The relentless focus on the bottom line of 3G Capital and Berkshire Hathaway-owned fmcg giants is become increasingly influential in an industry struggling for volume growth.
The pair were the primary players in the global consumer goods sector last year, brokering both the merger of Kraft Foods and Heinz and AB InBev’s takeover of SABMiller.
But their influence is wider than just that of dealmaker – as the 3G Capital model has proved fmcg giants can operate just as effectively with a vastly reduced cost base.
The unwavering focus on cutting extraneous costs to the bone has driven the best margins in the sector at AB InBev as well as sustained revenue growth, while the profitability of Heinz has already been turned around under its relatively brief ownership.
The “zero-based budgeting” approach at Heinz has been pretty brutal since 3G and Berkshire Hathaway bought and delisted the food producer in February 2013.
By the end of 2014 they had reduced costs by around $400m, with 5,000 job cuts and manufacturing site closures saving around $80m. A wider company reorganisation and policy changes focussed on curbing expenses resulted in another $320m of savings.
As a result Heinz showed a 6% increase in 2014/15 from 2013/14, but the cost was a 5% drop in year-on-year revenue decline.
Under 3G it is clear that the focus has been on the bottom line before pursuing top-line growth. Heinz’ revenues have increased just 1% since 2011, compared to 6% growth over that time at Hormel Foods, 6% at General Mills and 13% at ConAgra.
However, crucially Heinz is now delivering better margins than its contemporaries since the acquisition, with profit margin increasing from 15% in 2012 and 18.2% in 2013 to 26% in 2014. Its rivals’ profit margins have risen at a far slower rate – 10.6% in 2013 to 11.4% in 2014 at Hormel, 19.4% to 19.8% at General Mills and falling to 10.7% from 14.9% at ConAgra.
The newly combined Kraft Heinz shows a similar story. Revenues are down 6%, but the combined margin of 24.6% has remained close to Heinz’ own previous 26% margin.
Since then the 3G Capital model has kicked into gear with the aim of reducing annual expenses by $1.5bn by the end of 2017. Some 4,600 job cuts have been made – with another 500 announced in December – while reductions are being made to office space, travel budgets, electricity use and even the use of business cards.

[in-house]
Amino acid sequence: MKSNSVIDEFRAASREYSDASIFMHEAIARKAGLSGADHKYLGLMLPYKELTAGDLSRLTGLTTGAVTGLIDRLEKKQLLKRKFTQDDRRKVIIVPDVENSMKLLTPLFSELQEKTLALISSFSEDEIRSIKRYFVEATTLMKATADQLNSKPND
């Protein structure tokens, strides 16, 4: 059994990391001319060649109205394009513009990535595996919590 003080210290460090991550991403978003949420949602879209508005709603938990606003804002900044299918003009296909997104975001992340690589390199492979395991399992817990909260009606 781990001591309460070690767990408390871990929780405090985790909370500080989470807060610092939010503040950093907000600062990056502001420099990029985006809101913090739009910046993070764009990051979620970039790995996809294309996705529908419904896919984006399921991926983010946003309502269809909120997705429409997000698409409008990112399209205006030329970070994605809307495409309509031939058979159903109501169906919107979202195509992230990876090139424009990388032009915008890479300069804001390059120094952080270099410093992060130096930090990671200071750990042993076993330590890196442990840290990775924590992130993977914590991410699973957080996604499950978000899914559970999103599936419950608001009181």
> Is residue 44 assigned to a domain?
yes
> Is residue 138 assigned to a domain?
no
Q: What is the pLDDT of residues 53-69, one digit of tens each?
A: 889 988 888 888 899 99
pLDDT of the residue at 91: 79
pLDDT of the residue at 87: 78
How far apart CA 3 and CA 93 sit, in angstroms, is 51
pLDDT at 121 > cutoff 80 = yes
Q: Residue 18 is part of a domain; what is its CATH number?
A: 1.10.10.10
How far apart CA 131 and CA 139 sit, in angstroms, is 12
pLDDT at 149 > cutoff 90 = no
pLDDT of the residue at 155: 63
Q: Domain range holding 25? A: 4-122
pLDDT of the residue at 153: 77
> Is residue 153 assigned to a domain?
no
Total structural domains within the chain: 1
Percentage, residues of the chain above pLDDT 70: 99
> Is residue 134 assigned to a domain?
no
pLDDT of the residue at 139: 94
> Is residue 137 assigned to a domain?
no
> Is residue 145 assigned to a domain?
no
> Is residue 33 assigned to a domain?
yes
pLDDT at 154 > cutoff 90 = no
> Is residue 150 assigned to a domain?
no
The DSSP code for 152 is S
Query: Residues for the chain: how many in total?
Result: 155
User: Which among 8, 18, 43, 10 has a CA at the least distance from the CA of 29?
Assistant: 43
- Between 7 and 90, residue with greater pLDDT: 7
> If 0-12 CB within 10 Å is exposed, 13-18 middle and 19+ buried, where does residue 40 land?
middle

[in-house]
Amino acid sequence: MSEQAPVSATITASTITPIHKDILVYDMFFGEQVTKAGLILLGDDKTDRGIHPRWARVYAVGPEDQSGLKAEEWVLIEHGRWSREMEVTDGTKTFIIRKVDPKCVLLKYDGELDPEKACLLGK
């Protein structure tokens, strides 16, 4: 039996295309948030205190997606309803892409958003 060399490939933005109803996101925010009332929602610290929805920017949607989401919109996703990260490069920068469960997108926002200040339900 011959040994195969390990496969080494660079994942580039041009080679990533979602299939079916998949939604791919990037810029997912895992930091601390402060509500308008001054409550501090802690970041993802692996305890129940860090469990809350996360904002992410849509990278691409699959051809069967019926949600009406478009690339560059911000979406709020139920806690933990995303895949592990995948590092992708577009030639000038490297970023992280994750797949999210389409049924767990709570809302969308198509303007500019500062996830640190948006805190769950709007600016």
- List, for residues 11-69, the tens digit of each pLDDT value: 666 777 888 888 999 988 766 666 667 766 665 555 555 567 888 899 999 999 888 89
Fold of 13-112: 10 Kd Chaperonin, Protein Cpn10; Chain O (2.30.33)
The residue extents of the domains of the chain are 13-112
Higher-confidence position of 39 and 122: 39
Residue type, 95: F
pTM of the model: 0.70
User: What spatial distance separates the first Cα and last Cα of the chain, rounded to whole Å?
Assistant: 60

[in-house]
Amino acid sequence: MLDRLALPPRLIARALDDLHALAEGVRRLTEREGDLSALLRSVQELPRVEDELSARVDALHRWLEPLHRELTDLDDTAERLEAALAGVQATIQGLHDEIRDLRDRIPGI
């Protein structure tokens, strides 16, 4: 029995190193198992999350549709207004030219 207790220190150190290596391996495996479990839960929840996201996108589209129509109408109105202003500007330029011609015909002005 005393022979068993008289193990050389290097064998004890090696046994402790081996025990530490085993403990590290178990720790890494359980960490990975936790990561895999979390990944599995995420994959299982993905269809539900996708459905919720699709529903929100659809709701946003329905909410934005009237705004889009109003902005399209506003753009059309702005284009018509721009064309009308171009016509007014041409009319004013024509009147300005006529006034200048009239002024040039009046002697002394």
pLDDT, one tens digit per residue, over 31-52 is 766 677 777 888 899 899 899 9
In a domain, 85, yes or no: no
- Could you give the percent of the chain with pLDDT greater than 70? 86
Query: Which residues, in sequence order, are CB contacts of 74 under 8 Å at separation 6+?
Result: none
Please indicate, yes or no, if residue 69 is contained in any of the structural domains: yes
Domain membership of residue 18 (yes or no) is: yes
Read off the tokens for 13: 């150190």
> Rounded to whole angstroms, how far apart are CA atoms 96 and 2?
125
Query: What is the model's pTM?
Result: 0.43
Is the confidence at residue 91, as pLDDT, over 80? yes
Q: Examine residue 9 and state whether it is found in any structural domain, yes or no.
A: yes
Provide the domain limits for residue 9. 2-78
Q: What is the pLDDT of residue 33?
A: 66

“Everyone in the food and beverage space has to be more efficient partly due to the pressure you’re seeing from 3G and ABI,” says HSBC global beverage sector head Carlos Laboy.
He points to Coca-Cola as a company that has had to change its behaviour to deal with the influence of ABI, by disposing of company owned bottling operations and reducing headcount from 123,000 to possibly as low as 20,000 by 2018 and increasing its operating margins.
Critics of the model argue that cutting to grow is a short-term fix that ignores longer term pressures. A company cannot cut indefinitely and at some point has to invest in a strategy to achieve sustainable growth of sales, not just profits.
But 3G/Berkshire Hathaway can point to AB InBev as a global fmcg giant that has achieved both.
In the first year after the creation of AB InBev in 2008 revenues dropped 14% to $33.9bn as it slashed costs by more than $2.25bn, including 1,400 job cuts in that first year.
However, after that first year revenues rose each year to a peak of $47.1bn in 2014, before dropping back 7% to $43.6bn largely as a result of currency weakness of the Brazilian real, Mexican Peso and Euro.
It has achieved positive organic growth in each year since the merger, increasing its annual organic growth rate from 5.9% in 2014 to 6.3% last year.
During that time AB InBev established industry leading profitability (see below). Margins improved from 30.8% in 2008 to 39.4% in 2014 before dipping back to 38.5% last year.
|2015 Revenues||Growth||EBITDA margin|
SABMiller had an EBITDA margin of 30.2% in 2015 and it seems inevitable the “zero-based budgeting” treatment will boost that once the merger is complete.
“A lot of these global fmcg companies have become a bit lethargic, bureaucratic or stuck in the mud, adding costs to their businesses,” says Liberum consumer goods analysts Robert Waldschmidt. “So ripping out some of those costs makes sense – and it’s now happening across the board, not just at 3G Capital owned companies.
He adds: “There is an effort to try to strip out costs where they don’t make sense, but at the same time to retain the ability to be nimble and proactive at a local level.”
OC&C head of consumer goods Will Hayllar adds that the 3G model will continue to be influential through the industry. “The big margin increases are causing investors at other companies to ask questions over costs and pressurise other global players on whether they really need all the resource they currently have,” he says.